Lord Lane appeals for more hospital places for abnormal offenders

By Frances Gibb, Legal Affairs Correspondent

The Times, 22nd January 1985

The Lord Chief Justice, Lord Lane, yesterday strongly criticised the lack of facilities for mentally abnormal offenders which was forcing courts to send them to prison.

"It is high time something was done to remedy courts being forced into passing prison sentences on persons for whom prison is certainly not appropriate", he said.

It should be unnecessary for the Court of Appeal or any other court to have to keep on saying that there are people for whom a special hospital might not be appropriate, and prison was certainly inappropriate, he added.

Lord Lane was giving judgement in a case in which the court allowed an appeal by Wendy Porter, aged 22, a severely disordered woman, who was sentenced in October to life imprisonment for offences of arson and criminal damage.

He said that he and his colleagues were conveying their comments "to anyone who is prepared to listen", he hoped such people existed.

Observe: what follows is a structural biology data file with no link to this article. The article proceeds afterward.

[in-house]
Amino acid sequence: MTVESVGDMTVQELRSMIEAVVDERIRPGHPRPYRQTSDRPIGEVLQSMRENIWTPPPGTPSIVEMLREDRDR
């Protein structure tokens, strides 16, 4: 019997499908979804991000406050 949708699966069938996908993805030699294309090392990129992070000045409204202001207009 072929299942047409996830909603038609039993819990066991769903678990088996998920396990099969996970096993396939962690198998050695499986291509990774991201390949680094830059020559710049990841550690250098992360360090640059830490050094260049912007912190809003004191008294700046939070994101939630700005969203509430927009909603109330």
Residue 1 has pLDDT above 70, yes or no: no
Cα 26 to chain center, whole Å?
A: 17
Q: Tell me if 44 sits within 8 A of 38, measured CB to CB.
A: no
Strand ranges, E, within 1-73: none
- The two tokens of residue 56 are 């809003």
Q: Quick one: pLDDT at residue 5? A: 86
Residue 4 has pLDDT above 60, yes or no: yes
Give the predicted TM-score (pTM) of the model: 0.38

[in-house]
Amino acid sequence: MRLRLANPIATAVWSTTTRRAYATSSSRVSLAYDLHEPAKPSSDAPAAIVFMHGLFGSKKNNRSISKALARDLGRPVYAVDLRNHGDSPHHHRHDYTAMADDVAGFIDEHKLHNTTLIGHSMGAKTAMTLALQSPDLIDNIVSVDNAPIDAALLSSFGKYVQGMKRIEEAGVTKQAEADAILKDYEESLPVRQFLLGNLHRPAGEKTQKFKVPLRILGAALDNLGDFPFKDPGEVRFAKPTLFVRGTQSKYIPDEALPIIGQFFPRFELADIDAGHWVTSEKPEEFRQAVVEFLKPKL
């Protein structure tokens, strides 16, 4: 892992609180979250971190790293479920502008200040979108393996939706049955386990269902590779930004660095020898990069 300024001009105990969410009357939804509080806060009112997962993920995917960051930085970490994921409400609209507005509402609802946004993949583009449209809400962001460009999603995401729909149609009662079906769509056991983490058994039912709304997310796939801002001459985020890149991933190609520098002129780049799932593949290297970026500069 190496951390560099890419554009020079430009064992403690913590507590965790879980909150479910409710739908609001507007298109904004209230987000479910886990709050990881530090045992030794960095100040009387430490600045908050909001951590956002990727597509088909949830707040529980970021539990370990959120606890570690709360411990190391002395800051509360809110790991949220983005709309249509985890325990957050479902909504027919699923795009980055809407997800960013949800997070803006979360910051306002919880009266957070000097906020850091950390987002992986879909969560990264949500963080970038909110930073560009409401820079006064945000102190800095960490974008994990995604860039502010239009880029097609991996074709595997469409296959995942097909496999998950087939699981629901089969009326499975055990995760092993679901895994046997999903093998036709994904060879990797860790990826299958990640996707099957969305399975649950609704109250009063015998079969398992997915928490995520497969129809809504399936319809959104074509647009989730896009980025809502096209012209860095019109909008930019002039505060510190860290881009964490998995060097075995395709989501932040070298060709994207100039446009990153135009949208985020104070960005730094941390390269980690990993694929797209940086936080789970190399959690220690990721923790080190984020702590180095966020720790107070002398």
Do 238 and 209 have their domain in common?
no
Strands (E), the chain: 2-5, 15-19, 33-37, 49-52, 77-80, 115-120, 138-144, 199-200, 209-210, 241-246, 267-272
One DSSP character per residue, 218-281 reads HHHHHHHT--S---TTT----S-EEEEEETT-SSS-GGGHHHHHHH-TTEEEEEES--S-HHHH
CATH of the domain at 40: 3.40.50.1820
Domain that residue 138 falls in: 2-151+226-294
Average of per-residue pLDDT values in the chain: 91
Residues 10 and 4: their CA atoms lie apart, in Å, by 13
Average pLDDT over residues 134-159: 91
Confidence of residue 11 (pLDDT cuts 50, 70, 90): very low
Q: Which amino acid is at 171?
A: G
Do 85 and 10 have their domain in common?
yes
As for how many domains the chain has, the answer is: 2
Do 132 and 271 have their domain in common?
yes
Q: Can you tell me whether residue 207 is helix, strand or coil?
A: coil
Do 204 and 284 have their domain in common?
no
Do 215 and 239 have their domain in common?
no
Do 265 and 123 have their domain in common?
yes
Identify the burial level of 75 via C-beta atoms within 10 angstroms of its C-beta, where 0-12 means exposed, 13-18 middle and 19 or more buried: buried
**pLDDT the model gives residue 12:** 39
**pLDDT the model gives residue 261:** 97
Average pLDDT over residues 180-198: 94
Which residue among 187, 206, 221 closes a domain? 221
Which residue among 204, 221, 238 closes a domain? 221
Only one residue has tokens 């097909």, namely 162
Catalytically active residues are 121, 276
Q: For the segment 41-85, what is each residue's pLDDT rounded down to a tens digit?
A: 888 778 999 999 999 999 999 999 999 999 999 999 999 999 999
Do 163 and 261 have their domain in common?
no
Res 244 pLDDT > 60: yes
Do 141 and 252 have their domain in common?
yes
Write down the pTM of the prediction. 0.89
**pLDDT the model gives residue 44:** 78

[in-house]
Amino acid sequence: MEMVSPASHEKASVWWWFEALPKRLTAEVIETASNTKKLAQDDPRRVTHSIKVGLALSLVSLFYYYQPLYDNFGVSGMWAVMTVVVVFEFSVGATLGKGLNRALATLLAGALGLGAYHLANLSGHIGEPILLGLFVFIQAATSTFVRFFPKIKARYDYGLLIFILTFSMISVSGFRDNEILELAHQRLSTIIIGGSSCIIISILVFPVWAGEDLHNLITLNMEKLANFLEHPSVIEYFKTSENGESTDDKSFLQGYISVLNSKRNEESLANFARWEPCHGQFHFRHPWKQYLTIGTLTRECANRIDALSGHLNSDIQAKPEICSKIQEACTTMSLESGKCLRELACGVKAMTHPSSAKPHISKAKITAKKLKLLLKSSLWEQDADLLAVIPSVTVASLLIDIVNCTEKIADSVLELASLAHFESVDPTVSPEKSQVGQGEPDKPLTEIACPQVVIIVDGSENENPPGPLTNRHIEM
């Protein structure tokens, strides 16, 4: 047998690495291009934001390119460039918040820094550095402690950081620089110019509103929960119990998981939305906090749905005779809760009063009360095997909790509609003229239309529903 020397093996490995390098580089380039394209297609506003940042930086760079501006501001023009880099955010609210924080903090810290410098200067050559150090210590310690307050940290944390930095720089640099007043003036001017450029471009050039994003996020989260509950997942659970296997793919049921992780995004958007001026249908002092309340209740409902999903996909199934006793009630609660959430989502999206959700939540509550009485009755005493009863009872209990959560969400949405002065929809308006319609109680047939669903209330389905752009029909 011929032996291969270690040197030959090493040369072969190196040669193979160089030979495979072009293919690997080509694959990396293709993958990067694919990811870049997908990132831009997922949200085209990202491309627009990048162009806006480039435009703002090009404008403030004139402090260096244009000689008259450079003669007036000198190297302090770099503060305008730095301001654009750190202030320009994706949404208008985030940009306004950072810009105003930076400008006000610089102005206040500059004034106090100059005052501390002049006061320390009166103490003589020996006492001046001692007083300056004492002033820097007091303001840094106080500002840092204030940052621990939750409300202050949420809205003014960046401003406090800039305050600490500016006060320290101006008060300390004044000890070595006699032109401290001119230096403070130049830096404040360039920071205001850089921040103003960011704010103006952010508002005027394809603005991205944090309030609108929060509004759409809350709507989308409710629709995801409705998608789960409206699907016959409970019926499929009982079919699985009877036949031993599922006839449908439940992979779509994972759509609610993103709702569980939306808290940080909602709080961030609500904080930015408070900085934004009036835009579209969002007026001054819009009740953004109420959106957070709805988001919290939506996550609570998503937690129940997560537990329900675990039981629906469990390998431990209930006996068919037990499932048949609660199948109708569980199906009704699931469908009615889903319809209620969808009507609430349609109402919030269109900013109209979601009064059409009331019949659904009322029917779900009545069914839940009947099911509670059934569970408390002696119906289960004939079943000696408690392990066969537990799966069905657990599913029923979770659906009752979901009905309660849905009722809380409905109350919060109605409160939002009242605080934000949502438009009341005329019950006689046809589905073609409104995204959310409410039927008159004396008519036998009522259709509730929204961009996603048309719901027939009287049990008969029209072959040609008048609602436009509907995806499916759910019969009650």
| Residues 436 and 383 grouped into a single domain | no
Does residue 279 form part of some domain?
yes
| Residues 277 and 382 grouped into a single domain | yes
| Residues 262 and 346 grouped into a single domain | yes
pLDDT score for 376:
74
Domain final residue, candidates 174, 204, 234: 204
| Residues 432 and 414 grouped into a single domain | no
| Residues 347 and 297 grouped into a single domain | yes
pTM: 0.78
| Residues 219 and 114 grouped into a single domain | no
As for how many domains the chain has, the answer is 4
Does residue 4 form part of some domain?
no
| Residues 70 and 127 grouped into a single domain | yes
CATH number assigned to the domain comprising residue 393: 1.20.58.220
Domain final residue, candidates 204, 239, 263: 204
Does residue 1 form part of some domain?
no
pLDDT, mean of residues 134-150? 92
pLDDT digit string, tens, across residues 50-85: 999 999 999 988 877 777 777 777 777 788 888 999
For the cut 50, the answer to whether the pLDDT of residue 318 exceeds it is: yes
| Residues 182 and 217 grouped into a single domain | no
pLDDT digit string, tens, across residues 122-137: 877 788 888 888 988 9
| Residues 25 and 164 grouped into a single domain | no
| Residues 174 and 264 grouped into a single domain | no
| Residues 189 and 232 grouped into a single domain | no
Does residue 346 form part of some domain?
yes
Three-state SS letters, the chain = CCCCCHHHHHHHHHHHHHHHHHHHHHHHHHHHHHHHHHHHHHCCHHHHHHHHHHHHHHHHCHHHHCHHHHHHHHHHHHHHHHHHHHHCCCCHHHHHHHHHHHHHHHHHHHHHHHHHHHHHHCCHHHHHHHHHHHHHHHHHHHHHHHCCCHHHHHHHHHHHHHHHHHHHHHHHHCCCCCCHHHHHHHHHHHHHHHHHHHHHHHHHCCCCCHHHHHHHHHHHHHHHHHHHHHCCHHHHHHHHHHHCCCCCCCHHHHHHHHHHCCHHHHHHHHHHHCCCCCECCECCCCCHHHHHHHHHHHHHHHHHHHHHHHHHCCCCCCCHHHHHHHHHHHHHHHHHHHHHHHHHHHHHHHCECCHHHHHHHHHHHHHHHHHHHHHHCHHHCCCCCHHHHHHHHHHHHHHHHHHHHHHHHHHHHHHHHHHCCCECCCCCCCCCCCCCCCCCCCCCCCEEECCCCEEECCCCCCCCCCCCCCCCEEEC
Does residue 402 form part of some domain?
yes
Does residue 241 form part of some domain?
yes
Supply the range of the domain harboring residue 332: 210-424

[Wendy] Porter, of New Bradwell, Milton Keynes, Buckinghamshire, was sentenced at Aylesbury Crown Court. Passing sentence Judge Verney had said it was a scandal that people such as she had to be imprisoned because there was nowhere else for them to be sent.

Neither Buckinghamshire social services nor the Oxfordshire Regional Health Authority were able to provide facilities to treat her. Milton Keynes Health Authority had spent about 50,000 paying for private treatment for Porter at St Andrews Psychiatric Hospital, Northampton, but was unable to continue paying for treatment.

Porter's behaviour was disruptive and St Andrews had no secure facilities. Nor had the authority the funds to continue paying for treatment elsewhere.

Yesterday Lord Lane said that Porter's medical state had been reassessed and the Court of Appeal was in a position to make an order under the Mental Health Act 1983 for her to be detained without time limit at Moss Side special hospital [now Ashworth], Merseyside.

Miss Lydia Sinclair, legal officer of MIND, the mental health pressure group, said yesterday that not only was there insufficient provision for such patients, but also courts had inadequate powers to compel hospitals to take the patients.

Wendy appeared in Aylesbury Crown Court three days after Lucy first appeared in Aylesbury Magistrates Court. For some of the time Wendy was in the next cell in Holloway to Lucy.

At the beginning of January the family were gathering evidence of Lucy's obvious mental illness for the Aylesbury Crown Court, but within days of the above ruling the NHS found a bed for her in Hill End Hospital, St Albans.